Microbial protein: future sustainable food supply route with low environmental footprint

Matassa, Silvio, Boon, Nico, Pikaar, Ilje and Verstraete, Willy (2016) Microbial protein: future sustainable food supply route with low environmental footprint. Microbial Biotechnology, 9 5: 568-575. doi:10.1111/1751-7915.12369

Author Matassa, Silvio
Boon, Nico
Pikaar, Ilje
Verstraete, Willy
Title Microbial protein: future sustainable food supply route with low environmental footprint
Journal name Microbial Biotechnology   Check publisher's open access policy
ISSN 1751-7915
Publication date 2016-09-01
Sub-type Article (original research)
DOI 10.1111/1751-7915.12369
Open Access Status DOI
Volume 9
Issue 5
Start page 568
End page 575
Total pages 8
Place of publication Chichester, United Kingdom
Publisher John Wiley & Sons
Language eng
Subject 1305 Biotechnology
1502 Bioengineering
1303 Biochemistry
2402 Applied Microbiology and Biotechnology
Abstract Microbial biotechnology has a long history of producing feeds and foods. The key feature of today's market economy is that protein production by conventional agriculture based food supply chains is becoming a major issue in terms of global environmental pollution such as diffuse nutrient and greenhouse gas emissions, land use and water footprint. Time has come to re-assess the current potentials of producing protein-rich feed or food additives in the form of algae, yeasts, fungi and plain bacterial cellular biomass, producible with a lower environmental footprint compared with other plant or animal-based alternatives. A major driver is the need to no longer disintegrate but rather upgrade a variety of low-value organic and inorganic side streams in our current non-cyclic economy. In this context, microbial bioconversions of such valuable matters to nutritive microbial cells and cell components are a powerful asset. The worldwide market of animal protein is of the order of several hundred million tons per year, that of plant protein several billion tons of protein per year; hence, the expansion of the production of microbial protein does not pose disruptive challenges towards the process of the latter. Besides protein as nutritive compounds, also other cellular components such as lipids (single cell oil), polyhydroxybuthyrate, exopolymeric saccharides, carotenoids, ectorines, (pro)vitamins and essential amino acids can be of value for the growing domain of novel nutrition. In order for microbial protein as feed or food to become a major and sustainable alternative, addressing the challenges of creating awareness and achieving public and broader regulatory acceptance are real and need to be addressed with care and expedience.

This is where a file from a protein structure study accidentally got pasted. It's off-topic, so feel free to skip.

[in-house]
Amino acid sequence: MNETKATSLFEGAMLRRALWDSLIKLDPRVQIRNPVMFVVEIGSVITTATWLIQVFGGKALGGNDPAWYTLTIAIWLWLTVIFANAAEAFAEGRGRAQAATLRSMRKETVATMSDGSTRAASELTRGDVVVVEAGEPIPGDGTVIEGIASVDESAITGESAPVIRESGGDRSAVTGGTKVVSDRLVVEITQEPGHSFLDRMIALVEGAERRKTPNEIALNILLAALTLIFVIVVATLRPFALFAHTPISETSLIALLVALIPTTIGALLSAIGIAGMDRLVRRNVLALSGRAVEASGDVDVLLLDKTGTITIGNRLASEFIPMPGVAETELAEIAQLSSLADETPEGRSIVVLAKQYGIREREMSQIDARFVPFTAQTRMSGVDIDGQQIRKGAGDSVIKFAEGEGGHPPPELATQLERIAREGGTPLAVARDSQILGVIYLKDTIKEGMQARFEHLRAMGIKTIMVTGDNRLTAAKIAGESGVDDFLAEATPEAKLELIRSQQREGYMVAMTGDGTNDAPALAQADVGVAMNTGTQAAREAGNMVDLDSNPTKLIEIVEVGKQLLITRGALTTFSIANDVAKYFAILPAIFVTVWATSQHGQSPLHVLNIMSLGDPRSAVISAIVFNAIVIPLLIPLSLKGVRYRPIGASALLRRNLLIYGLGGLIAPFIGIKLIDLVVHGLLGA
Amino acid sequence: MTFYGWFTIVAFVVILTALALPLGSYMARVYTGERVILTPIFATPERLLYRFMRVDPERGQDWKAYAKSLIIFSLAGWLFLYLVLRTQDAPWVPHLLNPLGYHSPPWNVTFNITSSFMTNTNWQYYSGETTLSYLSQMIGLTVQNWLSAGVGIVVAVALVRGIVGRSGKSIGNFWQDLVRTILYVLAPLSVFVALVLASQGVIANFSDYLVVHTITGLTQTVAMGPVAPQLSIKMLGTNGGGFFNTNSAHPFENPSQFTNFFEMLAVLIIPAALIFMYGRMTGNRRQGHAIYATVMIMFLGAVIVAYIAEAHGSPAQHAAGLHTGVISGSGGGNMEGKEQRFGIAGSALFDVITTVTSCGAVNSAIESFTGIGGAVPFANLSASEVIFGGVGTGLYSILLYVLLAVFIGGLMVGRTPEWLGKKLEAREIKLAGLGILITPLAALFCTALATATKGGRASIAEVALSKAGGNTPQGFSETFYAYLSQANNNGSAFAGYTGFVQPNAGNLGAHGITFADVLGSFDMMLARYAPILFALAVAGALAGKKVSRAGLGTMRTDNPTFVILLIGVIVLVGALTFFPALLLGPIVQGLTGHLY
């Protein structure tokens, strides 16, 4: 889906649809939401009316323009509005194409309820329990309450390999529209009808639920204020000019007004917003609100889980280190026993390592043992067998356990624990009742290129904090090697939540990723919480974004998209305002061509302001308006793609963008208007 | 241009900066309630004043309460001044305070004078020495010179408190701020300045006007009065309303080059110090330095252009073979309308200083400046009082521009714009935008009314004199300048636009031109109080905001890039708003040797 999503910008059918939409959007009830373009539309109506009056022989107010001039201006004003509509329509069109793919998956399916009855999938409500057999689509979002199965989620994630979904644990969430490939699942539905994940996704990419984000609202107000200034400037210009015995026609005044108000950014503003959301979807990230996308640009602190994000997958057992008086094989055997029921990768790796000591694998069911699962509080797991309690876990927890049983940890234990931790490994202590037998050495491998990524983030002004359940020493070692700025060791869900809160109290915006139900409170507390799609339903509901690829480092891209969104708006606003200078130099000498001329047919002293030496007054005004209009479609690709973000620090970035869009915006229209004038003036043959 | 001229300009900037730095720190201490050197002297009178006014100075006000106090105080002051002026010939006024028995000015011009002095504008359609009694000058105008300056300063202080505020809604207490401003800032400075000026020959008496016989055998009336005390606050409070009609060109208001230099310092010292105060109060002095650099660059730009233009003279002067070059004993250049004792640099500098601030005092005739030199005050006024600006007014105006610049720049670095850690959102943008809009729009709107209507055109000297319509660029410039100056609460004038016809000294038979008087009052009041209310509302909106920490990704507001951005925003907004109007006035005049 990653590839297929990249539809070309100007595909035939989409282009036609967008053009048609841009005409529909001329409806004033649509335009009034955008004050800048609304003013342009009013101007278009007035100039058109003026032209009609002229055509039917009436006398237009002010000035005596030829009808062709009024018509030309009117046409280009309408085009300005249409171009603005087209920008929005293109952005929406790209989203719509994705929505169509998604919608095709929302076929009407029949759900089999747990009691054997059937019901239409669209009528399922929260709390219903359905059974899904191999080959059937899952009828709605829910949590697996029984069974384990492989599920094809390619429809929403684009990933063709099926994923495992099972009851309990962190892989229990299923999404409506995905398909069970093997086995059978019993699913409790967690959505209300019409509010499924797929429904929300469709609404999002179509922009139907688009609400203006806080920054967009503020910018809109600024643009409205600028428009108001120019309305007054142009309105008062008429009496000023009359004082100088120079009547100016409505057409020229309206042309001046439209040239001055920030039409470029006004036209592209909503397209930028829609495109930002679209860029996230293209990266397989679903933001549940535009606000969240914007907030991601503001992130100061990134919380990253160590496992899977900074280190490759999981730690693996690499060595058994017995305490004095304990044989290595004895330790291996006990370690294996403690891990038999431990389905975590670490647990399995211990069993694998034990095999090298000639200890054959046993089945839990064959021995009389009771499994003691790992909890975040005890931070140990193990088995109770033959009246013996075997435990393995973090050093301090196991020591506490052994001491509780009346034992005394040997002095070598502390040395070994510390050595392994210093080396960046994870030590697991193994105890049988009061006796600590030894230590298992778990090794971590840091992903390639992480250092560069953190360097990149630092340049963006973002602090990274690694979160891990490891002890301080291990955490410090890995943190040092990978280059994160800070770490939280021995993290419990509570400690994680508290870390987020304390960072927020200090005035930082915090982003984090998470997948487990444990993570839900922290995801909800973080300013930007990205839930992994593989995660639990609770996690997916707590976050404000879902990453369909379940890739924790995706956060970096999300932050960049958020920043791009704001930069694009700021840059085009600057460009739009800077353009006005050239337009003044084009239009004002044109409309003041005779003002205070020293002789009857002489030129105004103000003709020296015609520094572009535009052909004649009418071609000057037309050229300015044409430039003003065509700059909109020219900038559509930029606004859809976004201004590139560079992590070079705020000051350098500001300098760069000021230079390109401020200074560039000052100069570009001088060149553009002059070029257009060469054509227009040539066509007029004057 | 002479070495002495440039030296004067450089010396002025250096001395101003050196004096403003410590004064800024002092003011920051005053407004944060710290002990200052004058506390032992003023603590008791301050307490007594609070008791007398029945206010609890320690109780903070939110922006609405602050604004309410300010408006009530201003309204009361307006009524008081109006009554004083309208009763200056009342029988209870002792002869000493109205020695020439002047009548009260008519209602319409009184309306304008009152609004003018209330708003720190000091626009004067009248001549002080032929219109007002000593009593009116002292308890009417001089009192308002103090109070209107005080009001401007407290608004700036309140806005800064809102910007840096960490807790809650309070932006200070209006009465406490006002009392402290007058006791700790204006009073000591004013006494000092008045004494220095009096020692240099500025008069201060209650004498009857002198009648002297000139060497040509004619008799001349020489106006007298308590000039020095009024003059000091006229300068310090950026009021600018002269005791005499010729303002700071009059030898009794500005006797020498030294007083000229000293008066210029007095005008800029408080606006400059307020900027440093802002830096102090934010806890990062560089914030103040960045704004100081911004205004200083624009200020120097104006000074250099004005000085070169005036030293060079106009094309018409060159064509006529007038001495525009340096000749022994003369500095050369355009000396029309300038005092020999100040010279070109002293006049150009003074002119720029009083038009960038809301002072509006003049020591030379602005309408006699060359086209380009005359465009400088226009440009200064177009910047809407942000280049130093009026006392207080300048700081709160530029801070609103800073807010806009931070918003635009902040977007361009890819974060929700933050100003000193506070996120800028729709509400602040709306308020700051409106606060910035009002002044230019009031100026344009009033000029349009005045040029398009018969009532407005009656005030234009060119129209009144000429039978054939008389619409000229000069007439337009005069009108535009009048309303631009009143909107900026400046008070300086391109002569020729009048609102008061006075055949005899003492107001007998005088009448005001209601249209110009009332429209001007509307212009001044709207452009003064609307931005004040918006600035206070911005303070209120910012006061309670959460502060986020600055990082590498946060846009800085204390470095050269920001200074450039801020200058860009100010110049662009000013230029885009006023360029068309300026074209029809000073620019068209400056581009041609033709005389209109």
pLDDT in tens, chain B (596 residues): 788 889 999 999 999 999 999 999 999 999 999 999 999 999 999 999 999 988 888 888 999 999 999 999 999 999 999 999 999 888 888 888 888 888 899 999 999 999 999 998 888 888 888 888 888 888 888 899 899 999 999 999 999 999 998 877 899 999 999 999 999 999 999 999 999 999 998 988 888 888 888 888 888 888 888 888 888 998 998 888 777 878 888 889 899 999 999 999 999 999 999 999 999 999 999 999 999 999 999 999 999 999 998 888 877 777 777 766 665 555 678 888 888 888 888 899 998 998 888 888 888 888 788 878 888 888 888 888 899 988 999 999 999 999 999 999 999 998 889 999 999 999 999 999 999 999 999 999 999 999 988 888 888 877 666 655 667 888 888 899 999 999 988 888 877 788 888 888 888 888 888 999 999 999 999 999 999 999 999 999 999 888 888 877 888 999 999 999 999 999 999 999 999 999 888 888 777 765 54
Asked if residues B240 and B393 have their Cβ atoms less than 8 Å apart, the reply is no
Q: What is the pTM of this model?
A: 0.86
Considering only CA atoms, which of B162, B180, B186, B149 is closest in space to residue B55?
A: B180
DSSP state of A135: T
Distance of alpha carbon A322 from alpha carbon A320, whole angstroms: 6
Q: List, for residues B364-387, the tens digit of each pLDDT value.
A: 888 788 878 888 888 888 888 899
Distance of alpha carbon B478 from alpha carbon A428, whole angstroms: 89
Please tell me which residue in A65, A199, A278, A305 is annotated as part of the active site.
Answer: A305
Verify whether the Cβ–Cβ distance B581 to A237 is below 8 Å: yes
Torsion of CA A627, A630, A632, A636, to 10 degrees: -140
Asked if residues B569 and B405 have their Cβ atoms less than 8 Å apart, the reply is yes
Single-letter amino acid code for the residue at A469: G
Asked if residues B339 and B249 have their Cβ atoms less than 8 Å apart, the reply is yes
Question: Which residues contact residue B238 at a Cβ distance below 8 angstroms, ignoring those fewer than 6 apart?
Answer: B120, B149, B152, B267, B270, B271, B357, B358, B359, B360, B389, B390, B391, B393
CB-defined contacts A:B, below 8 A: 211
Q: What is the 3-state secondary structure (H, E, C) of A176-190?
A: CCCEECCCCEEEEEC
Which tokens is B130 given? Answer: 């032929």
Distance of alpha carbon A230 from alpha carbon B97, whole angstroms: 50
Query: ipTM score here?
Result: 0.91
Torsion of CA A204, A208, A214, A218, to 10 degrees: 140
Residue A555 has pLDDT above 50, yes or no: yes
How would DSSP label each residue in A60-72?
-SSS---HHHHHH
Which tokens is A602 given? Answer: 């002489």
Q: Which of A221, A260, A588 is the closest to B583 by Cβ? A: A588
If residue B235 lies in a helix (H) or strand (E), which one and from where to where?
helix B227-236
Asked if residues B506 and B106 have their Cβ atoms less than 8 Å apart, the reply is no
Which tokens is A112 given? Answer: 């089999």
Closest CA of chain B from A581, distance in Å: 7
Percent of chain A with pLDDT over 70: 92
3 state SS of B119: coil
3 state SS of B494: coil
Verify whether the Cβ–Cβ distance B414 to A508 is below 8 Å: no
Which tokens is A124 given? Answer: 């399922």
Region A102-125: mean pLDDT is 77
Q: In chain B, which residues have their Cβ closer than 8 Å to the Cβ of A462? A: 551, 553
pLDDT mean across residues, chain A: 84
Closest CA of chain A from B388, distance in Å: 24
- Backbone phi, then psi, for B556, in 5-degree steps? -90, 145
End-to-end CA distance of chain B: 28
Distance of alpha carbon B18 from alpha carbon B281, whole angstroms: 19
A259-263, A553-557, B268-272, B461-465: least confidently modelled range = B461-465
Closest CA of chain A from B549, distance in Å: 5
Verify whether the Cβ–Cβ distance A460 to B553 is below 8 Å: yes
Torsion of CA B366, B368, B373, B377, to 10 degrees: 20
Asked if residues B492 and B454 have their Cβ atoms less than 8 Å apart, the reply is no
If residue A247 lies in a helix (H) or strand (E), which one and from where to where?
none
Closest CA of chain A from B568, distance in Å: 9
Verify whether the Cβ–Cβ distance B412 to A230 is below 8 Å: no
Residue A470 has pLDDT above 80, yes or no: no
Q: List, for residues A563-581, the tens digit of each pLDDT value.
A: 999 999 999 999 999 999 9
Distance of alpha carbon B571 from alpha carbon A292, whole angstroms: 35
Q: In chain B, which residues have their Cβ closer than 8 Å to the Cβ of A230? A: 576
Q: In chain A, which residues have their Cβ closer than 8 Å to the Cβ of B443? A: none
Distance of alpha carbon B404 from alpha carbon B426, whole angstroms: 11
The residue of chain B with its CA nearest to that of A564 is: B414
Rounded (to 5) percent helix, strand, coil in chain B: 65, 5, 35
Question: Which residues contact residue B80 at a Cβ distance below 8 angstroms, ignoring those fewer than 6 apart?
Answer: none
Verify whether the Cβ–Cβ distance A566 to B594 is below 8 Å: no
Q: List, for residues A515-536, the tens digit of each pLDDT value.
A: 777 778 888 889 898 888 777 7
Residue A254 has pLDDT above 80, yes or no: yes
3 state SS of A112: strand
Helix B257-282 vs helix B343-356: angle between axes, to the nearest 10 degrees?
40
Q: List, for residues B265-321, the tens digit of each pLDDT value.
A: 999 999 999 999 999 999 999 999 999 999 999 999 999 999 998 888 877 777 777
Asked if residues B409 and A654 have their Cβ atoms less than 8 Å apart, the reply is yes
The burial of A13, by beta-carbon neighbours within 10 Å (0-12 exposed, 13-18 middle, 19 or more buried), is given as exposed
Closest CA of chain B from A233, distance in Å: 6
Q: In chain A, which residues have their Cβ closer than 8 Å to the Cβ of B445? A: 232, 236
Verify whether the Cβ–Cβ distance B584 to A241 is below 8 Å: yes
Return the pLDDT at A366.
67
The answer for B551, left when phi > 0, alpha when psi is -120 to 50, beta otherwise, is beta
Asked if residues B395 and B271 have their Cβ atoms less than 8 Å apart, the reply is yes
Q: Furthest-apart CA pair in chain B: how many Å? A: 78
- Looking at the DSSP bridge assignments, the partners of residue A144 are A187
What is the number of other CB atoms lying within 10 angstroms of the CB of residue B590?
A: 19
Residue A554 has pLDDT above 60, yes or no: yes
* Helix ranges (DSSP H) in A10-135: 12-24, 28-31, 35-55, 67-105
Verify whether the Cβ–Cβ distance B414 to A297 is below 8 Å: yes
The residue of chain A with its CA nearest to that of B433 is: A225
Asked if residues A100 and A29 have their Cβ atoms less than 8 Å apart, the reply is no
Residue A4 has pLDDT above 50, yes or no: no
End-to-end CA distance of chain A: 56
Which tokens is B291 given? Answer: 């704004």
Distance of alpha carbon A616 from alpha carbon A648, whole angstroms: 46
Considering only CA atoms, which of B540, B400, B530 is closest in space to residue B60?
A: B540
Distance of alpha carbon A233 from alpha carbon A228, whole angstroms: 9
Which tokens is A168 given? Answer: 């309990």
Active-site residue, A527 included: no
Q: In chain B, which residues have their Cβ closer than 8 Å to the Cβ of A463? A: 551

Q-Index Code C1
Q-Index Status Provisional Code
Institutional Status UQ

Document type: Journal Article
Sub-type: Article (original research)
Collections: School of Civil Engineering Publications
HERDC Pre-Audit
Version Filter Type
Citation counts: TR Web of Science Citation Count  Cited 2 times in Thomson Reuters Web of Science Article | Citations
Scopus Citation Count Cited 2 times in Scopus Article | Citations
Google Scholar Search Google Scholar
Created: Tue, 11 Oct 2016, 11:23:44 EST by System User on behalf of Learning and Research Services (UQ Library)